Costa Rican President Carlos Alvarado appears unlikely to sign a proposed bill that would legalize medical cannabis and industrial hemp, but said he will release a counterproposal this week.
Almost simultaneously, the Catholic Church in Costa Rica urged the government and lawmakers to “reflect” on the bill, warning “an uncontrolled cultivation of psychoactive cannabis” will cause “serious damage to public health.”
The law, which narrowly passed the Legislative Assembly on a 29-28 vote earlier this month, covers cultivation, harvesting, processing, storage and transport of medical marijuana and hemp products.
Ominously, Alvarado said “there are several substantive issues” regarding the bill passed by the legislature. The president did not characterize the nature of those issues, and did not say if his counterproposal would be a partial or total veto.
After the presidential announcement, deputies from Alvarado’s own Citizens’ Action Party urged the president to abandon further review and sign the bill as is. Meanwhile, the National Liberation Party’s President, Silvia Hernández Sánchez, accused the government of throwing “smoke screens” at the bill and the issue of cannabis regulation.
“The information recently circulated by the executive branch in relation to the cannabis and hemp project openly sounds like an excuse to veto it or to present a new text, and new bill with exclusions,” Hernández said.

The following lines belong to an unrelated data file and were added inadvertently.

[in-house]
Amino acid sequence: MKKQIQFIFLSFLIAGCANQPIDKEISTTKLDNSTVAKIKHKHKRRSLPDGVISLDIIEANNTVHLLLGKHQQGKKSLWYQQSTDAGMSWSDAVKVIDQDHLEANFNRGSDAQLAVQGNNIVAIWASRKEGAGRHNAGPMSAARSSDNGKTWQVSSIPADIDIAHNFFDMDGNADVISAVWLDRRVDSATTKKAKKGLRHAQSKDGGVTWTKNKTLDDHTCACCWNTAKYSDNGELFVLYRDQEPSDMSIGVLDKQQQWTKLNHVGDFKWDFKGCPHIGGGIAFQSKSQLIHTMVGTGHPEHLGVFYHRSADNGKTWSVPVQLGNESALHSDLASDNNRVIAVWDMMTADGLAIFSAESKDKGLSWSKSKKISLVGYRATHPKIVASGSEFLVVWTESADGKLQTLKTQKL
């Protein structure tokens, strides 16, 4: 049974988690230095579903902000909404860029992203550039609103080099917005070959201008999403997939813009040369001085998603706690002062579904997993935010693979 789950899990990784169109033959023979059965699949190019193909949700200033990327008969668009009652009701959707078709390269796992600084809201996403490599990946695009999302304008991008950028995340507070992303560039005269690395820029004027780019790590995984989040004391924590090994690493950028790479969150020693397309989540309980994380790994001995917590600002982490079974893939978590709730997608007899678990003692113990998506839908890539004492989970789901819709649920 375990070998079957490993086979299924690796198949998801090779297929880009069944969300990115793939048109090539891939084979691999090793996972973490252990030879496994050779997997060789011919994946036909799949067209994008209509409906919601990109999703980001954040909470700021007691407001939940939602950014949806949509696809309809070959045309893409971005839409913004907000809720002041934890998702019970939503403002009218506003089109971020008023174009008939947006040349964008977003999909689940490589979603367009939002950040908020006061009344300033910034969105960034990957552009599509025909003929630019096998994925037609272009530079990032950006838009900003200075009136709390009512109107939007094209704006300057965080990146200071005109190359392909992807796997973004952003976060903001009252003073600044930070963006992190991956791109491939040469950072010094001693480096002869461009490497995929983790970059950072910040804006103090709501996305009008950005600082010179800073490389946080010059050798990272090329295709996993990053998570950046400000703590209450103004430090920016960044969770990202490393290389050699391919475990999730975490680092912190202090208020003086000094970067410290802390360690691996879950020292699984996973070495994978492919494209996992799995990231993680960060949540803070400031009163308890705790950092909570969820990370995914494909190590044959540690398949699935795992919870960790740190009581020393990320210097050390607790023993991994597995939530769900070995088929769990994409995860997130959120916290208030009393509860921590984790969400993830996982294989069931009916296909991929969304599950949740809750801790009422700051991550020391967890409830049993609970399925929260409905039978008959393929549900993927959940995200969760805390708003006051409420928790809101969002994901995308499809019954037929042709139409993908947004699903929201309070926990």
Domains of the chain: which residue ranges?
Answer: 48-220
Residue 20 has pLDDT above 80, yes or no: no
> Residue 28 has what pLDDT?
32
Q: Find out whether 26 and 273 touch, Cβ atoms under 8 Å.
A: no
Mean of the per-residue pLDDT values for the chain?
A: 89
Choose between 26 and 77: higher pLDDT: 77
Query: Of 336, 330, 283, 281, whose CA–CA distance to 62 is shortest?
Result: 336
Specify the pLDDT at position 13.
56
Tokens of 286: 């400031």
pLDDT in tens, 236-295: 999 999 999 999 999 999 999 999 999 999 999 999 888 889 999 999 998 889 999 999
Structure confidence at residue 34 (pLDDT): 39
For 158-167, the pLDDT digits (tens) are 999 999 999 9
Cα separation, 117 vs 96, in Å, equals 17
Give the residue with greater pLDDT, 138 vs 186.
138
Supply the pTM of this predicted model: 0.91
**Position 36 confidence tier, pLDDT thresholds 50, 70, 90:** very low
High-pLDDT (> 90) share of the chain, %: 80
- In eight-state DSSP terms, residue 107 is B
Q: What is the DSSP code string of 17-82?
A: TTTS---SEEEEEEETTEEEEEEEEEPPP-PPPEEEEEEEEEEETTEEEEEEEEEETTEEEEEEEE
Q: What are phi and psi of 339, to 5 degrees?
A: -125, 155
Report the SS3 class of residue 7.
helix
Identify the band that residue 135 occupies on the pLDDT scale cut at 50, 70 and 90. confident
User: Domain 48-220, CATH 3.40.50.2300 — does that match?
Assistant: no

The Costa Rican Union of Chambers and Associations of the Private Business Sector, Costa Rican Chamber of Industries, and the National Chamber of Agriculture and Agroindustry also urged the president to sign the bill, emphasizing its economic development potential.
The president said he will take into account key United Nations protocols in conducting his review, including the Single Convention on Narcotic Drugs, the Vienna Convention on Psychotropic Substances and the Convention Against Illicit Traffic in Narcotic Drugs and Psychotropic Substances.
The government announced last week that the UN’s International Narcotics Control Board has requested to review the legislation. Lawmakers said they drafted the original bill to align with international drug policy.
Also pushing back against the bill, José Manuel Garita, president of the Episcopal Conference of the Catholic Church, said the bill would risk public health and safety, and contains “inconsistencies” that should be resolved. The church also suggested the law as written would make it difficult to control illicit fields. The original bill’s authors say they took that matter into consideration in writing the law.
Supporters of the bill say cannabis can bring economic and social development to Costa Rica’s rural areas by authorizing the production, industrialization and commercialization of hemp for industrial applications and food. Medical marijuana provisions in the bill would meanwhile bring hope to patients whose suffering could be relieved by legal, prescription marijuana products, supporters have said.
The law awaiting Alvarado’s counterproposal would limit marijuana to medicinal and therapeutic use, and does not legalize adult-use (recreational) marijuana.